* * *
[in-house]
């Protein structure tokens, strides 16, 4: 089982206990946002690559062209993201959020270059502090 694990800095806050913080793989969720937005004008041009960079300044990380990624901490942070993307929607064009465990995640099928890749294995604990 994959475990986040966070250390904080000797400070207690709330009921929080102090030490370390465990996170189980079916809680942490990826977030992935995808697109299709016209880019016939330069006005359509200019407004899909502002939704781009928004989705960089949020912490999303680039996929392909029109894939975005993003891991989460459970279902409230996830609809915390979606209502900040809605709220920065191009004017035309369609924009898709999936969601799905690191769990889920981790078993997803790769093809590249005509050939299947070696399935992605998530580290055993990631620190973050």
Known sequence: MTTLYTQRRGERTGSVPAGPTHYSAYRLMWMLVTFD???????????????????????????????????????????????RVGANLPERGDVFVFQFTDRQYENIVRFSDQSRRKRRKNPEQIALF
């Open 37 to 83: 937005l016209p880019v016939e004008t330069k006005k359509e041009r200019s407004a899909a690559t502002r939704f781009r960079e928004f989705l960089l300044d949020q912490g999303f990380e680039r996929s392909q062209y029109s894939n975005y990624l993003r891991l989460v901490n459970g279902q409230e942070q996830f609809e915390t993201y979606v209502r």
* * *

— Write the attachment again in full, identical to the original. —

[in-house]
């Protein structure tokens, strides 16, 4: 089982206990946002690559062209993201959020270059502090 694990800095806050913080793989969720937005004008041009960079300044990380990624901490942070993307929607064009465990995640099928890749294995604990 994959475990986040966070250390904080000797400070207690709330009921929080102090030490370390465990996170189980079916809680942490990826977030992935995808697109299709016209880019016939330069006005359509200019407004899909502002939704781009928004989705960089949020912490999303680039996929392909029109894939975005993003891991989460459970279902409230996830609809915390979606209502900040809605709220920065191009004017035309369609924009898709999936969601799905690191769990889920981790078993997803790769093809590249005509050939299947070696399935992605998530580290055993990631620190973050």
Known sequence: MTTLYTQRRGERTGSVPAGPTHYSAYRLMWMLVTFD???????????????????????????????????????????????RVGANLPERGDVFVFQFTDRQYENIVRFSDQSRRKRRKNPEQIALF
């Open 37 to 83: 937005l016209p880019v016939e004008t330069k006005k359509e041009r200019s407004a899909a690559t502002r939704f781009r960079e928004f989705l960089l300044d949020q912490g999303f990380e680039r996929s392909q062209y029109s894939n975005y990624l993003r891991l989460v901490n459970g279902q409230e942070q996830f609809e915390t993201y979606v209502r």